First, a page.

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THE MONK INQUIRY
[BY ELECTRIC TELEGRAPH]
(FROM OUR OWN CORRESPONDENT)
The Monk inquiry was continued to day.
Inspector Toohey, further examined by Mr Smyth, stated -Monk came in to Mansfield after the shooting and I asked him to let me see his revolver. I examined it, and said, "Three of these barrels have been recently discharged." Monk said, "Thant may be." I took it from him, and gave him another. I asked him if he had any ammunition. He gave me some at his house at Wombat the same day. The three cartridges I now produce are what I received from him, and are similar to those taken from the mare and saddle. Monk said they were purchased at Rosier's in Melbourne I could tell that three chambers had been recently loaded because the bullets were cleaned and showed grease marks as if carried in the pockets. When shooting at kangaroos on the following Tuesday, while Monk was with us with his mare. I noticed his mare did not shy.
1 went to the scene of the shooting on Thuisday with Spider, the black tracker, and Senior constable James and two other constables. There were no tracks there. There was no appearance of the ground havmg been much disturbed by a galloping horse. I was present on the 8th inst at the big tree when Monk described to Mr Panton how the affair took place. Spider found no tracks of a horse across the log winch Monk pointed out as taken by his horse. The spot pointed out by Monk where the man stood was about 3in or 4in higher than the mare. It would be impossible to make the hole in the saddle from that elevation. The greatest elevatoin there is not more than 9in. My opinion is that the saddIle was put on the ground and filed at with less than the ordiniry charge of powder. There would be no difficulty in reducing the charge of powder. Had the bullet struck the off side of the saddle it would have gone clean through.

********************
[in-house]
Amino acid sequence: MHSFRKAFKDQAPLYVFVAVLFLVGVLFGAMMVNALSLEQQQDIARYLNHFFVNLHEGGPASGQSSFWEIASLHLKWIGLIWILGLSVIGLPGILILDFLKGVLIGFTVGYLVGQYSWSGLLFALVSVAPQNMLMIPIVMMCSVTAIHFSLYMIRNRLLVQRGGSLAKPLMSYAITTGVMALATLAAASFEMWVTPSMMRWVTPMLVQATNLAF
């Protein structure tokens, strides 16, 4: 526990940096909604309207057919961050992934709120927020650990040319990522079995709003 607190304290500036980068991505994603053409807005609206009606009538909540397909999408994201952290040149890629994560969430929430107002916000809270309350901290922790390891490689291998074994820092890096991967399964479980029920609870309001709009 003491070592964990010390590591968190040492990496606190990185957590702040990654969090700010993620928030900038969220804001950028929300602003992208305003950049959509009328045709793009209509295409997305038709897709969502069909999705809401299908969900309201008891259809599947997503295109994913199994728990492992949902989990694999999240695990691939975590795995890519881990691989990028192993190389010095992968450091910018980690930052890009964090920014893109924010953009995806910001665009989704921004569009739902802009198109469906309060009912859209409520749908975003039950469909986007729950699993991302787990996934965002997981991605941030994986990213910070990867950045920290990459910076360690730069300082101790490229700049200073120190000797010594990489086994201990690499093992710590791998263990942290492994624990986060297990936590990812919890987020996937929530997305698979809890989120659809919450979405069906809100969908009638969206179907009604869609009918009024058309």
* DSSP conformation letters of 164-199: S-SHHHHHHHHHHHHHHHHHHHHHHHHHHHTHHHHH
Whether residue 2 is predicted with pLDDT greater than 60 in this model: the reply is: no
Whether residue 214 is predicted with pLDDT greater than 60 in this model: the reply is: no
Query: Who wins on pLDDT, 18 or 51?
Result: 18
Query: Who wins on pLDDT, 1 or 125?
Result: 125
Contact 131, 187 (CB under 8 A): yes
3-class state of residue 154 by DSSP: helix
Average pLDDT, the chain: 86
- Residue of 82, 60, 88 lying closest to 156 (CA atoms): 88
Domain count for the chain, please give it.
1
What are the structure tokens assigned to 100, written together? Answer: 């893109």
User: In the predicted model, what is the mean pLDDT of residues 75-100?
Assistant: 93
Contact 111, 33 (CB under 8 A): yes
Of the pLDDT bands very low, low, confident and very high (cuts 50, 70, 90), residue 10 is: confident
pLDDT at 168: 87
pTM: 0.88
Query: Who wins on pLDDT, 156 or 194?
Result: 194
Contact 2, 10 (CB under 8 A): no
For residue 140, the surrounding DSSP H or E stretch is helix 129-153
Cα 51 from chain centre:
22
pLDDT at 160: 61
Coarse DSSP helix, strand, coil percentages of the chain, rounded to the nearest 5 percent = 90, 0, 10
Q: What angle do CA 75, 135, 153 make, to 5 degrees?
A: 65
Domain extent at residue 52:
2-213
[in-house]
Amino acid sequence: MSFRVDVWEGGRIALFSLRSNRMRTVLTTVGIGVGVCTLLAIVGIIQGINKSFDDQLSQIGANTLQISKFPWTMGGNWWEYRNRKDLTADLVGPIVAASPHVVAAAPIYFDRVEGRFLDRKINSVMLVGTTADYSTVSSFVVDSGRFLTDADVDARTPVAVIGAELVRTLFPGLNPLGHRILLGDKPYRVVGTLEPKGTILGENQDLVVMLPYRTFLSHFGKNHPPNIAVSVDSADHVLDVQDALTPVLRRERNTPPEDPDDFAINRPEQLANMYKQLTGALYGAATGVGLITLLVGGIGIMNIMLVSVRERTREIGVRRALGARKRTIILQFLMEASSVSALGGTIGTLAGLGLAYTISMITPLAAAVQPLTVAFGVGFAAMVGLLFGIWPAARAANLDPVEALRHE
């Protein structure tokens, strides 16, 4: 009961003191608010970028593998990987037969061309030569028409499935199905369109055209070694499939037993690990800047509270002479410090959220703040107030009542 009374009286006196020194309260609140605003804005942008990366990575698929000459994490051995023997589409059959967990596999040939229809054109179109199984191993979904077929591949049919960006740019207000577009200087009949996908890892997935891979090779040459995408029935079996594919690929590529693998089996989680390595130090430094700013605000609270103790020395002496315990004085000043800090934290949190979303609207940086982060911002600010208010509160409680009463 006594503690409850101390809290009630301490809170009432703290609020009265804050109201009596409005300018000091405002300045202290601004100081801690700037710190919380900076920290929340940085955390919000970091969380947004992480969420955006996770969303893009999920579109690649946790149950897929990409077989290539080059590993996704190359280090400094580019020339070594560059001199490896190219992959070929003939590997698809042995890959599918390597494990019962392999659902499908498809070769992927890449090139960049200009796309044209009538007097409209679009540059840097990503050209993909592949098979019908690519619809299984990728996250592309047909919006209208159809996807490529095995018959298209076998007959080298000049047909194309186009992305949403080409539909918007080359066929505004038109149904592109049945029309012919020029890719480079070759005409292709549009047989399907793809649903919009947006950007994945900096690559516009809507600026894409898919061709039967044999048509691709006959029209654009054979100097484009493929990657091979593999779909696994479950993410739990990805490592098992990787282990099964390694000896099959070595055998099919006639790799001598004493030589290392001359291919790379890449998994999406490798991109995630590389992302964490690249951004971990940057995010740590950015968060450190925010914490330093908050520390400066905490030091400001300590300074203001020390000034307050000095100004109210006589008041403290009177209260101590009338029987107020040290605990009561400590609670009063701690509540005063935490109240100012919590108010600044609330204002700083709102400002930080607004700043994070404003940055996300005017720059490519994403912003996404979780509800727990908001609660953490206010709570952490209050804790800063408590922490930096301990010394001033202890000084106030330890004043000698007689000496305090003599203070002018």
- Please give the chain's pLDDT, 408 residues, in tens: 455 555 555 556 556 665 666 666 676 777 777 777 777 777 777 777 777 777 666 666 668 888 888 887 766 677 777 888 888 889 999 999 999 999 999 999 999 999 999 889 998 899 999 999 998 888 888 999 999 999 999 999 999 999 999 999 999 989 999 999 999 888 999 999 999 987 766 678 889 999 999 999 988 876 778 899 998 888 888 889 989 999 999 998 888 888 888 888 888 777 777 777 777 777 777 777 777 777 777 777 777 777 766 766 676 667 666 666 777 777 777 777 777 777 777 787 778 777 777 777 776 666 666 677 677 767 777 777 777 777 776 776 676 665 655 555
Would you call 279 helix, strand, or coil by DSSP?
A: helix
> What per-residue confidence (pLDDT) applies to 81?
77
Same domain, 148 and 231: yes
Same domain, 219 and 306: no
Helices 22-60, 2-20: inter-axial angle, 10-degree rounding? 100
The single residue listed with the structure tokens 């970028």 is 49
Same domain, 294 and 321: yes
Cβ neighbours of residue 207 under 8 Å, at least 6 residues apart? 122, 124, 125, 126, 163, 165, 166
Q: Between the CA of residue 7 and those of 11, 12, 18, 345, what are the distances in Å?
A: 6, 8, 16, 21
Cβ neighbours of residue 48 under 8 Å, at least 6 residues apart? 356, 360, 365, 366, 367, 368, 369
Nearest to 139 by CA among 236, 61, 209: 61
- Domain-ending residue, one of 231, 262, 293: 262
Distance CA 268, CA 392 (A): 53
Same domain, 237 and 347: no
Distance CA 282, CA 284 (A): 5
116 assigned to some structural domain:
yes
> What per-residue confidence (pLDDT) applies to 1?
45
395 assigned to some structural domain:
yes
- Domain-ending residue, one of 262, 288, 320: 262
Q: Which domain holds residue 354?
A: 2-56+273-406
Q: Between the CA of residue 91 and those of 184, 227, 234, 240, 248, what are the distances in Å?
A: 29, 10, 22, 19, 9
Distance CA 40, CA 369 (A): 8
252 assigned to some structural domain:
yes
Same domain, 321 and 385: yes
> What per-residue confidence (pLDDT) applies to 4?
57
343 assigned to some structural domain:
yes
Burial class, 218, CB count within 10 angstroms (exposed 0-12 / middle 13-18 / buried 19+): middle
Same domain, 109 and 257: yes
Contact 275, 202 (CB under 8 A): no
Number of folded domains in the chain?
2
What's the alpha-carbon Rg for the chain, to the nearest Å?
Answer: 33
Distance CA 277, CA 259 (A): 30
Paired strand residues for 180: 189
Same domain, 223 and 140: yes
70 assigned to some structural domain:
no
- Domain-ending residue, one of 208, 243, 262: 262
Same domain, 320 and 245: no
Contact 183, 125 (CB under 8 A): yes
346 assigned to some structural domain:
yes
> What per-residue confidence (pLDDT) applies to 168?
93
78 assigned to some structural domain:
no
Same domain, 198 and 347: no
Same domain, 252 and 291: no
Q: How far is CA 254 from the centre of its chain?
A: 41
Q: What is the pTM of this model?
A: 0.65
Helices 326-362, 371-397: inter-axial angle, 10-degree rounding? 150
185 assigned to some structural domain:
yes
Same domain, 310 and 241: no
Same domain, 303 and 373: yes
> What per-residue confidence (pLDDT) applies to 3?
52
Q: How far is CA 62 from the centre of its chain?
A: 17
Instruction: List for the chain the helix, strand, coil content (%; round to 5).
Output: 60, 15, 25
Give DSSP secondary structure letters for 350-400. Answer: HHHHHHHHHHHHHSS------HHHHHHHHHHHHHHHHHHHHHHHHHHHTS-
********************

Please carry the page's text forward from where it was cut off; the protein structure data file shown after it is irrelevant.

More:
The witness produced a saddie in winch he had fired a bullet from a Webley revolver, fully charged which showed iahole near the pommel as shown in Monk's saddle, and passnig thiough the inside of the lining on the off side. The bullet was then cut out and handed to Mr Panton.
Mr Toohey continued - There was no discoloration before I fired at it. The saddle had been newly lined. Witness procluced a second saddle which he had fired at from a distance of about 4ft. The ball had passed through the near side and was found in the linig. The discoloration of Monk's saddle is like the discoloration of the first saddle I produced. If the bullet in the horse's leg had been fired with a full charge. I believe it would have gone through the leg.
Examined by Mr O'Leary - Monk said he suspectcd a solicitor's clerk in Melbourne of writing the threatening letters. When going to Monk's to examine the footprints. I did not dismount but could tell, although the ground was hard, that a man had dismounted. Told Mr Pewtress not to accuse Monk of having fired the shots himself as it would have frustrated all further inquiries. I afterwards went to the King River and on my return called at MCormacks where a boy told me that no one had been there but Jack Byrne, and he had not been there before since the police murders. Monk said Byrne was a Kelly sympathiser. I rode under the hangnig wattle under which Monk is said to have rode, and did not break a twig, but I had to stoop my head. Have been lcangaroo shooting and when I fired the constables reined up their horses as did Monk with his mare.
Mr O'Leary - Do you think that a mare would be more likely to shy at night time if a man suddenly rushed out upon her, and her rider firing also (the man too. firing in front of her), than the same mare would be in the middle of the day when standing by the side of other horses with firing near them?
Witness - No
The Court then adjourned till Monday.
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